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5 Traveller Rules

March 8, 2010

The first rule is: design games like adventures. It might sound simplistic but novice and long-time Game Masters alike have stared across the table wondering why their players seem bored. This is actually quite common as the assumed far trader model, combined with the enormity of a sandbox the size of a universe, can easily become overwhelming.

The second rule is: stories are the life’s blood of a Traveller game. Before you get started on how you much prefer the sandbox method of playing, let me stop you – stories are essential for a Sci Fi game no matter how you craft them. Watch an episode of Star Trek and tell me you don’t see larger stories at work regardless of what choices the crew of the Enterprise makes; this example also serves well as it demonstrates that any good game amongst the stars should have multiple over-reaching arcs.

The third rule is: don’t build dungeons. This may sound silly, but if you started gaming as a fantasy player, particularly of the D&D variety, you’d be surprised at how easy it is to fall back into dungeon designing. Before long, every adventure is populated with searching and destroying nests of errant belters/mad scientists/pirates/renegade pop stars in their base on the asteroid/orbital station/corsair/tour bus; sure, they may be scientists instead of orcs, but you’re right back to moving through a relatively static environment and clearing rooms.

The fourth rule is: populate your world with personalities. There are no monsters in Traveller. Instead, the bad guys are just that – bad guys. They have motives, reasons for being, and a history of how they wound up in the player’s way. If you treat them as such you not only wind up with a more believable plot but your players will likely have to use multiple approaches to solving problems that go beyond drawing their snub pistol.

The fifth rule is: life is messy. There’s a reason Classic Traveller and Mongoose Traveller have malfunction charts and encounter tables. Use them. You don’t need to overdo it but semi-regular chance happenings are part of life. We never know who we might bump into in the grocery store or when our car might breakdown; the same should be true with your players. I enjoy keeping track of these things and letting some of them become persistent problems throughout the game. The pushy guy at the Down Port on Tavvol III is always the one to greet the ship; and why does that hydro-seal keep breaking on the comm manifold every couple of weeks?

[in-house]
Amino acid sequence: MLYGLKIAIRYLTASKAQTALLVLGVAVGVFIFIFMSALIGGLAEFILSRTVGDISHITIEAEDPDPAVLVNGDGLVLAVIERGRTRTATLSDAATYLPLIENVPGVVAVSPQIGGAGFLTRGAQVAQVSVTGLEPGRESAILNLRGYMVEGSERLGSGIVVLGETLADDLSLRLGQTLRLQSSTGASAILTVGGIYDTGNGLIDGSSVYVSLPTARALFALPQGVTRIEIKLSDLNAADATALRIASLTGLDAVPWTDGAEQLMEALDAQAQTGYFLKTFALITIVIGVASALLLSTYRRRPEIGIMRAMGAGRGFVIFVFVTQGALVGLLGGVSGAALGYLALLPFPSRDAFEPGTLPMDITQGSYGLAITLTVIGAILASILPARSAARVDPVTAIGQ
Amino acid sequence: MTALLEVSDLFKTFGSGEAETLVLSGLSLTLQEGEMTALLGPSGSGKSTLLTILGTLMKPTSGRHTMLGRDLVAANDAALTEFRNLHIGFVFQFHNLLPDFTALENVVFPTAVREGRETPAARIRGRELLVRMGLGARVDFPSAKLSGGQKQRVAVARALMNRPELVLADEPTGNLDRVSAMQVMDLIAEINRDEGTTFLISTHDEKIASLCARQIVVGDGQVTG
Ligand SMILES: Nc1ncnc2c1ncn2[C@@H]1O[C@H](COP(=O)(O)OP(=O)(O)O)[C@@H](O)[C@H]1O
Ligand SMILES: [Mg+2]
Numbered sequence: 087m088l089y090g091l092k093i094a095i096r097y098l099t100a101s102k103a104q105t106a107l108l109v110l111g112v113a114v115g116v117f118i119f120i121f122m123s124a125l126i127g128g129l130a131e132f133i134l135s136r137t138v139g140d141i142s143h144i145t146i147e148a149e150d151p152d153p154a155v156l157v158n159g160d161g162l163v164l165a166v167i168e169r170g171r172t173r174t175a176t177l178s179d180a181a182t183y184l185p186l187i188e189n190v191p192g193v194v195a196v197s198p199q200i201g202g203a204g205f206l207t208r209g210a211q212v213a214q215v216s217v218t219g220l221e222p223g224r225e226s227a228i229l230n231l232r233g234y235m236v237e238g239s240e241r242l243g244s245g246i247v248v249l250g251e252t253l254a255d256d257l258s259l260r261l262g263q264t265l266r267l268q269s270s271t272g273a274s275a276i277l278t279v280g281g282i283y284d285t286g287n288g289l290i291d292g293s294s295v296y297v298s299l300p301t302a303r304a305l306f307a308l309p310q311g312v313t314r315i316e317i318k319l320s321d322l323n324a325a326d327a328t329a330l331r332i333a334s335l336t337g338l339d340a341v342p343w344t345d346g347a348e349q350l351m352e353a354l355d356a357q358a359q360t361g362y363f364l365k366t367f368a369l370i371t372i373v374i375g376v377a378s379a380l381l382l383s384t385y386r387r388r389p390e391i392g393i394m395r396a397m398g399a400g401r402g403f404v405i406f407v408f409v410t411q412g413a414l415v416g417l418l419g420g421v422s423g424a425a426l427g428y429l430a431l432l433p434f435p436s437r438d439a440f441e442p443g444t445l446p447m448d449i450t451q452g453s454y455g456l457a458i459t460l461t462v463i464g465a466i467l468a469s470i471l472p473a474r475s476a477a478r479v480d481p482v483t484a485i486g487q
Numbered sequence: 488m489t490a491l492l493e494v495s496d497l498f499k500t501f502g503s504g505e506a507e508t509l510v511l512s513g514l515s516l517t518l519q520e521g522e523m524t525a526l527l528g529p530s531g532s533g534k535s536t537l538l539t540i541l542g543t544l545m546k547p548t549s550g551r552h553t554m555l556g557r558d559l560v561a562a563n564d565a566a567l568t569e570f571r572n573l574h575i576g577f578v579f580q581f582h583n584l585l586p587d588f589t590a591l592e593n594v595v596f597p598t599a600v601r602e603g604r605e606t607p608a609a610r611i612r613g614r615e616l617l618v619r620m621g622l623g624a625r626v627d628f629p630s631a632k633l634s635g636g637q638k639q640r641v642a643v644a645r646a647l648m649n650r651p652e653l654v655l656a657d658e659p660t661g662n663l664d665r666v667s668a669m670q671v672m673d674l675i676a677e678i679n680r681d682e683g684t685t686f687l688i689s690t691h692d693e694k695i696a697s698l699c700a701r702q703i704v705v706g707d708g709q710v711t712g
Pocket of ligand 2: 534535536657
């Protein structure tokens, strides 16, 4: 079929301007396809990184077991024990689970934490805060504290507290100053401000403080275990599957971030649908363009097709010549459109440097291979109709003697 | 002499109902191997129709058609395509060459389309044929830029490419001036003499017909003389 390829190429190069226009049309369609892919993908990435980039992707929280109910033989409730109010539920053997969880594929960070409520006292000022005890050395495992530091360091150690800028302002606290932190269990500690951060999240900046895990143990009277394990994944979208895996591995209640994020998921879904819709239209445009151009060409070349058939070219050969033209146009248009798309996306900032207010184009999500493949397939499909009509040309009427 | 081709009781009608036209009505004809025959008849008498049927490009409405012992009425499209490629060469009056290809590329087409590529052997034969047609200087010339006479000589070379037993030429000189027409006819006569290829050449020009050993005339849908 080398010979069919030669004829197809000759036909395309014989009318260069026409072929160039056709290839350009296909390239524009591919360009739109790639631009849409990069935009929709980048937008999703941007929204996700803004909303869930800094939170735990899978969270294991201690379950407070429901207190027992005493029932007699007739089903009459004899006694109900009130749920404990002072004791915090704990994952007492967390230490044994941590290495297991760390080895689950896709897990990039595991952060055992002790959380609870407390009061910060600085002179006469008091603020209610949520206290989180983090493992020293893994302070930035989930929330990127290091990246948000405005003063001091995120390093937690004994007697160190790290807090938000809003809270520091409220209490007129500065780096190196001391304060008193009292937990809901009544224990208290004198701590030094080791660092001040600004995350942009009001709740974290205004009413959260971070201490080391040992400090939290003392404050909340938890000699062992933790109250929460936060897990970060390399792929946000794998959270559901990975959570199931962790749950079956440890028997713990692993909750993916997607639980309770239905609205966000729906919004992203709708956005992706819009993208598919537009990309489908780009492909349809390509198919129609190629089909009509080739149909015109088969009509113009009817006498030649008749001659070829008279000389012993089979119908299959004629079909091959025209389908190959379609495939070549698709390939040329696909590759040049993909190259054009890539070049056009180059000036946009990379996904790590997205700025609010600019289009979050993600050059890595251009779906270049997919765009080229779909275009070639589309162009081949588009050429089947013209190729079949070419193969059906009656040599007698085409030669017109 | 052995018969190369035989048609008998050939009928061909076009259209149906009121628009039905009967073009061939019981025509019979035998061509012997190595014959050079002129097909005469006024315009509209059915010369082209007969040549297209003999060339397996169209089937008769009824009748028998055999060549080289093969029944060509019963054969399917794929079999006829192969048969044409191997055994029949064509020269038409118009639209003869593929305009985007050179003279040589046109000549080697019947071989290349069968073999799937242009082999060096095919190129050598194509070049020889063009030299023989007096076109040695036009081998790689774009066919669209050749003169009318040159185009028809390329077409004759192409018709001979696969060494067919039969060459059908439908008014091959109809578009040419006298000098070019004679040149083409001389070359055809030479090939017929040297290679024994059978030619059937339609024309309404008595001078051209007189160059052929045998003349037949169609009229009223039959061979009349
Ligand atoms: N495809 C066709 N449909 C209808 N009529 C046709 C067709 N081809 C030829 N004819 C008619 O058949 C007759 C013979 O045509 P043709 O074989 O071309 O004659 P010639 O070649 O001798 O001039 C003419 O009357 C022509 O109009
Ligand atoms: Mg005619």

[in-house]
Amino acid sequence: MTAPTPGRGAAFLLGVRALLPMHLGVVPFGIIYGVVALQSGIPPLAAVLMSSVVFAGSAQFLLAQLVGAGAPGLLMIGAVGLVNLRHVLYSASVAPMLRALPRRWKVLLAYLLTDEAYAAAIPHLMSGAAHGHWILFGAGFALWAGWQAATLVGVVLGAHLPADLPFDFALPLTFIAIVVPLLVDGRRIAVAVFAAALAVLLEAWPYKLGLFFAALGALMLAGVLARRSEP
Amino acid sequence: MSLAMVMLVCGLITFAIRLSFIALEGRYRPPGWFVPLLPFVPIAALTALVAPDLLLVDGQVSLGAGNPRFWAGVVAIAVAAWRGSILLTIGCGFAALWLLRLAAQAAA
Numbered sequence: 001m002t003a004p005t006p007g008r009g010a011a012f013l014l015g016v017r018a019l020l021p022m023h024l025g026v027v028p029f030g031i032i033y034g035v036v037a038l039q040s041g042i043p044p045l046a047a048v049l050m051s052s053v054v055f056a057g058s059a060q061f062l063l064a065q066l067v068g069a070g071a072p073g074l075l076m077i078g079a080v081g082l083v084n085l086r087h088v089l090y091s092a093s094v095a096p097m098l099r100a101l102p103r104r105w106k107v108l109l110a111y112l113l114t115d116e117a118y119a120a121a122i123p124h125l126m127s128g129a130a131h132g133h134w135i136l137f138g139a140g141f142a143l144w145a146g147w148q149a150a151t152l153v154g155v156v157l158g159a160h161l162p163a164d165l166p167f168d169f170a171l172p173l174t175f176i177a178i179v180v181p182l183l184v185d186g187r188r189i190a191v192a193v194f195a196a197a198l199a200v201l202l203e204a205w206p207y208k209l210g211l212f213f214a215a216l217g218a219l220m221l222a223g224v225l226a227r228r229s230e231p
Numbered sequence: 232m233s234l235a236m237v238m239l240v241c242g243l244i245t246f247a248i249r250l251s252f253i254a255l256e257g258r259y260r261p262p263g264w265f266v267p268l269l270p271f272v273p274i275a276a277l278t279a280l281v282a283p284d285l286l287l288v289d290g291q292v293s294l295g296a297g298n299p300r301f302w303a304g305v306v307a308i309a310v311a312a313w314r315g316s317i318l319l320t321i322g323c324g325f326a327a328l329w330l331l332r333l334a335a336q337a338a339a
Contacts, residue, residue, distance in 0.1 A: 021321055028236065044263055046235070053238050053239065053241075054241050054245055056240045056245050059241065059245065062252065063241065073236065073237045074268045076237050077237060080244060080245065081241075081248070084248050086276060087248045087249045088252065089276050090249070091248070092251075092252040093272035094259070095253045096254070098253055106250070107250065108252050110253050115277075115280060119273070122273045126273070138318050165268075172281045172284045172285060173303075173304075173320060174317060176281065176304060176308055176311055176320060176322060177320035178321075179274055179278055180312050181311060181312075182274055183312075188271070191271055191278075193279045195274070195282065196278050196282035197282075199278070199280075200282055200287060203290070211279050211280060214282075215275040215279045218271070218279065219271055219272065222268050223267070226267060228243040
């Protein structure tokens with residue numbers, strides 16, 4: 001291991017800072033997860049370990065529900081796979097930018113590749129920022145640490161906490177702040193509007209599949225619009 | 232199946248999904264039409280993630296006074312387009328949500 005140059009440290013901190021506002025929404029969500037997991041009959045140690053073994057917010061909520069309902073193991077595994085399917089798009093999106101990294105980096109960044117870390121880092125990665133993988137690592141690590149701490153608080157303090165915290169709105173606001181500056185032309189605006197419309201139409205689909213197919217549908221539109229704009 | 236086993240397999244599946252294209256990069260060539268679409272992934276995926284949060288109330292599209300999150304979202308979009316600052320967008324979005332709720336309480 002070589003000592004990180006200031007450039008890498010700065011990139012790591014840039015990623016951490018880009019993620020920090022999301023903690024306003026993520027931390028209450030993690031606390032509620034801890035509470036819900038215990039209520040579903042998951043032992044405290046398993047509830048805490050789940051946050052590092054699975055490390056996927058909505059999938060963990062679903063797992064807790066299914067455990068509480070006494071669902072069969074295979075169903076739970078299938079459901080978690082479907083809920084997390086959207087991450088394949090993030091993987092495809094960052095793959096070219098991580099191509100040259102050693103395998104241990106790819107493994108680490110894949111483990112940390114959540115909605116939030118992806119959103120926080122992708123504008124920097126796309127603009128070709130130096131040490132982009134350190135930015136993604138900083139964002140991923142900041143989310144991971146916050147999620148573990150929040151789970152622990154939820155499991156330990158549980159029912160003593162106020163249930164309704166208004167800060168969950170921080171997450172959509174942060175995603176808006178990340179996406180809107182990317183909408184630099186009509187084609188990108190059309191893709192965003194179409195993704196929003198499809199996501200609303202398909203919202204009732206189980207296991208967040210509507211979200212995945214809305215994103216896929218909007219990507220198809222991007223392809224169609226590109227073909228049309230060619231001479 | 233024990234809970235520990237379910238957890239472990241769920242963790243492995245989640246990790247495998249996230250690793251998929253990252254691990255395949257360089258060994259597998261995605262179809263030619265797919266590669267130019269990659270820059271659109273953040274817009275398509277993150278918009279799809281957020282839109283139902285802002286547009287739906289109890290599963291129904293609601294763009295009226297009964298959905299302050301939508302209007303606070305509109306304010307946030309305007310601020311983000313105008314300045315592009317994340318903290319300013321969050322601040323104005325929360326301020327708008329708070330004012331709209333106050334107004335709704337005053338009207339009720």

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8 Comments leave one →
  1. March 8, 2010 6:20 pm

    I’d be curious to see a larger discussion of your first point: “Design Games Like Adventures”

  2. March 8, 2010 10:03 pm

    Ed, not a problem. I’m planning on expanding on all five with examples to help illustrate how you can take advantage of each.

  3. March 9, 2010 9:41 am

    Excellent advice for any large canvas game, really. I’ll be checking out those expanded articles as well.

    I find that a gentlemen’s agreement between GM and players is also useful in games like this, because you can go so easily off-track. Sometimes I give my players suggestions of where they might go, and they roleplay it as their idea/decision. Sometimes (and more in advance), I’ll ask for suggestions from them and incorporate them into the campaign. That way, you can plan adventures in certain locales and the players actually go there. (I’m playing Doctor Who RPG right now, so my canvas is pretty big!)

  4. March 9, 2010 2:53 pm

    One of my players has recently said that the campaign feels a bit like D&D in space. Aaargh! Please help me save my campaign. :)

  5. jonbrazer permalink
    March 9, 2010 6:26 pm

    All good points. And a great read.

  6. March 10, 2010 3:25 am

    I agree with your 1:st, 2:nd 5:th rule.

    I do not agree with your 3:rd rule. I think a few dungeons are fine. What would Twilight’s Peak have been without the final dungeon? But if the adventure only is a dungreon crawl (like Shadows) then it is not really Traveller anymore.

    I do not agree with your 4:th rule either. It is not only sophonts that can be the monsters of Traveller. There are real monsters as well. There are rules for generating them, and lots of examples in the old JTAS. Double Adventure The Chamax Plague / Horde is aslo a nice example of how monsters can be used.

  7. March 10, 2010 8:44 am

    @Siskoid That’s not bad advice. I’m going to be talking more about taking time between games to figure out what your players might want. Knowing what your group likes and designing for them is always a good idea.

    @Alex In case you can’t tell, this post was inspired by your earlier post. I’m going to be writing more in-depth about each of these rules and I’ll try to include examples of possible ideas with each one.

    @jonbrazer Thanks, I hope the expansions have the same impact.

    @BeRKA I agree; I’m only saying that you have to avoid falling into that old D&D game-building mentality when conceiving dungeons populated with monsters. I’m actually using the Chamax in the longer version of my explanation of these five points, but to be honest I’d forgotten about Twilight’s Peak; I am going to include a snip about Legends of the Sky Raiders as a good example, as I still, after all these years, think it’s a good design for a Traveller adventure.

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